7:41 a.m. California cities expect layoffs from financial losses during pandemic: The state’s 482 cities say they will collectively lose $6.7 billion over the next two years because of the coronavirus pandemic, prompting layoffs and furloughs for public workers and potential cuts to basic services such as sanitation, public safety and housing. But that estimate, compiled by the League of California Cities, assumes the stay-at-home order lifts by June 1 — an unlikely scenario. Read more here from the Associated Press.
7:35 a.m. Road restrictions during coronavirus crisis old hat in Berkeley: If you think Oakland and San Francisco’s recent moves to close selected neighborhood streets to through traffic during the coronavirus crisis feel familiar, there’s a reason: Berkeley has been doing it for at least 50 years.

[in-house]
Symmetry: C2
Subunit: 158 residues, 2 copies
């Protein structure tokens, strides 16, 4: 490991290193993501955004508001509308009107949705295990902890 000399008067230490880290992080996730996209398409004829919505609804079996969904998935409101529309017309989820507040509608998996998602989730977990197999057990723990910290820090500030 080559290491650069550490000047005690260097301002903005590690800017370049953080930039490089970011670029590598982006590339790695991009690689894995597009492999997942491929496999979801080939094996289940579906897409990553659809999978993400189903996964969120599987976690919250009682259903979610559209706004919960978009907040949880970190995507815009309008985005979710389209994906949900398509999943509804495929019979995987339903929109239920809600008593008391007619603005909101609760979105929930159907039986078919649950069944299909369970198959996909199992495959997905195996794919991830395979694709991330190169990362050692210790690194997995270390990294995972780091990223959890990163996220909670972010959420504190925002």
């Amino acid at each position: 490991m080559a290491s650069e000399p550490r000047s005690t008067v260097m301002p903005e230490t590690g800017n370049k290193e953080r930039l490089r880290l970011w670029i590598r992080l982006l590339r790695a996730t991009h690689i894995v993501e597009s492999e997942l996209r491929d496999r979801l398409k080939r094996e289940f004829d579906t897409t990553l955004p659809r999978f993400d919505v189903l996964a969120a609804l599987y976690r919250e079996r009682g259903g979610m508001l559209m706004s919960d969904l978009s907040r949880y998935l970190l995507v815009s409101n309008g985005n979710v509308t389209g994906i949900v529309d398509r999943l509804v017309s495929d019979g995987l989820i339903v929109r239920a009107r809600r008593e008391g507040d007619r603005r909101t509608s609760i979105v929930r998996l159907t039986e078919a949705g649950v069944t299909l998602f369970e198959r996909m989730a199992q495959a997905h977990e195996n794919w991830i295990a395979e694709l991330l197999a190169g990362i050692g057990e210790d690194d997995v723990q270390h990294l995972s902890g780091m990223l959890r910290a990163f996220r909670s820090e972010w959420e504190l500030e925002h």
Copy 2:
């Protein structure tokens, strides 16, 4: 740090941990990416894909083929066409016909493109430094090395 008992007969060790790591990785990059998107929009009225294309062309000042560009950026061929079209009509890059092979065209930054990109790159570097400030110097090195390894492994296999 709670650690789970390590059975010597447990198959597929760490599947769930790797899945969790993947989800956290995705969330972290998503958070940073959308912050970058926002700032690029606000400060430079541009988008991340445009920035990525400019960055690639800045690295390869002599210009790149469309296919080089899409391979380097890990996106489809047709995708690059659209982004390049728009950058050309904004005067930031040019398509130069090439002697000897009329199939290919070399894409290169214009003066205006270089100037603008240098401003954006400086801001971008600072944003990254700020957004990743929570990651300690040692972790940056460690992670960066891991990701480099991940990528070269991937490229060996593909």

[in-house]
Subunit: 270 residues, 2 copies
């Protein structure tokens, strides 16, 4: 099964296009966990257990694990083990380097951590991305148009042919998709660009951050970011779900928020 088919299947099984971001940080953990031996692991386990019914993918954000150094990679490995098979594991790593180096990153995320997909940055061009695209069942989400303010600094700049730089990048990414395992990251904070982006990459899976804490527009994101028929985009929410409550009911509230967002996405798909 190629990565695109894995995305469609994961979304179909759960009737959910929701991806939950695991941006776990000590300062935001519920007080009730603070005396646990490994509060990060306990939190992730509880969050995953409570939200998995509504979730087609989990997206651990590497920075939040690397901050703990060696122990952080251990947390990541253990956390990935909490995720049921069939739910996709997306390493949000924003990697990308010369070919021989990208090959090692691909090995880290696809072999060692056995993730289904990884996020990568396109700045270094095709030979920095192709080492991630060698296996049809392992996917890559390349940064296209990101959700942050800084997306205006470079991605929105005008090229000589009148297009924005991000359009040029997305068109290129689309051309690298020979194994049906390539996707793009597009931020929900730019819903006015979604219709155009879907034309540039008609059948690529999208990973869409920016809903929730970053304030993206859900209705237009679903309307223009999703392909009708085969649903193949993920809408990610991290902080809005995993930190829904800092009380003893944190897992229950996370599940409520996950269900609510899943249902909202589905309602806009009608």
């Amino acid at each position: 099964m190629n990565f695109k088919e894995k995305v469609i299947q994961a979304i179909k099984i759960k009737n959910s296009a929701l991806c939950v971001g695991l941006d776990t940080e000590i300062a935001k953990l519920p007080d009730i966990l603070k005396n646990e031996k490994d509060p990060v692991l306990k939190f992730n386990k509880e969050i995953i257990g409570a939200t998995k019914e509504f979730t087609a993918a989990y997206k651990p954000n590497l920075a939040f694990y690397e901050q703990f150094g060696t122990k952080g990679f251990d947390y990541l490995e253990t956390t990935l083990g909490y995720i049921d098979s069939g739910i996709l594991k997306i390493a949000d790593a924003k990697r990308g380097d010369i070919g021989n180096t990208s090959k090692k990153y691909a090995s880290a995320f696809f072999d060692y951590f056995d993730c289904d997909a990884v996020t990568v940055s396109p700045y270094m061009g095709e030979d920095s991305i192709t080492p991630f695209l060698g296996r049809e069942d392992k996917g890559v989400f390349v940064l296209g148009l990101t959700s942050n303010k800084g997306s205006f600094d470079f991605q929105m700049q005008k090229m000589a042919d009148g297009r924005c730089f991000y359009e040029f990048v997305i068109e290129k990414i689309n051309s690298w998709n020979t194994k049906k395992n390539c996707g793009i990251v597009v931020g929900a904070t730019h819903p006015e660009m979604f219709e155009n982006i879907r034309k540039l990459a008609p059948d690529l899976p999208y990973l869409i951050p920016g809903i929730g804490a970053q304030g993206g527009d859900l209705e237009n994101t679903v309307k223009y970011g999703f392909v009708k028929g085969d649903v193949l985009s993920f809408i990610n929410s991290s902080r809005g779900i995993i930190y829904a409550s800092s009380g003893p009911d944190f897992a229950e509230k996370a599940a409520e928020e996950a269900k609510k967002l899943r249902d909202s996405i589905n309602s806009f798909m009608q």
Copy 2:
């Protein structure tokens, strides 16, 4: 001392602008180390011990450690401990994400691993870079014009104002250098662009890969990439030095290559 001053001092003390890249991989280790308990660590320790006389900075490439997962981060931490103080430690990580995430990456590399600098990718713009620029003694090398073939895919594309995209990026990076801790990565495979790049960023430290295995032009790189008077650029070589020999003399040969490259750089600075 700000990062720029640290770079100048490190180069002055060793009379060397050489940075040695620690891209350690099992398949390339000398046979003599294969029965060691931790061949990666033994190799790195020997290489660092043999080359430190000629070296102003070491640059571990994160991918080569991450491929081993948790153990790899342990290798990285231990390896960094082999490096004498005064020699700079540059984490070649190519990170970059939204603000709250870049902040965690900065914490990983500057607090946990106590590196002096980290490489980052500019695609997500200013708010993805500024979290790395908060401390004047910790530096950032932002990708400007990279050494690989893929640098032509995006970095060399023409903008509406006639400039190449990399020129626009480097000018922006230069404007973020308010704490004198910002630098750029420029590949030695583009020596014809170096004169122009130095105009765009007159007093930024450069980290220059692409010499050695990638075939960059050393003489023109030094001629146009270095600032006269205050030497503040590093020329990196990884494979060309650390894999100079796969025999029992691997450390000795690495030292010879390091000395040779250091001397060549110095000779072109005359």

7:26 a.m. Nursing homes biggest spreaders of coronavirus in Italy: At least 44% of new coronavirus infections this month in Italy occurred in nursing homes or long-term care facilities, according to the Superior Institutes of Health. Also, the average number of people who will get COVID-19 from a single infected person — the so-called R0 — is now under 1 nationwide for the first time, the Associated Press reports. It started out between 2 and 3 in hard-hit parts of the north, where the epicenter of Europe’s pandemic erupted Feb. 21.
7:22 a.m. Two more deaths in San Mateo County as confirmed coronavirus cases near 1,000: Two more people died in San Mateo County of COVID-19 as the number of cases increased to 989, according to health officials. The county has recorded 41 deaths.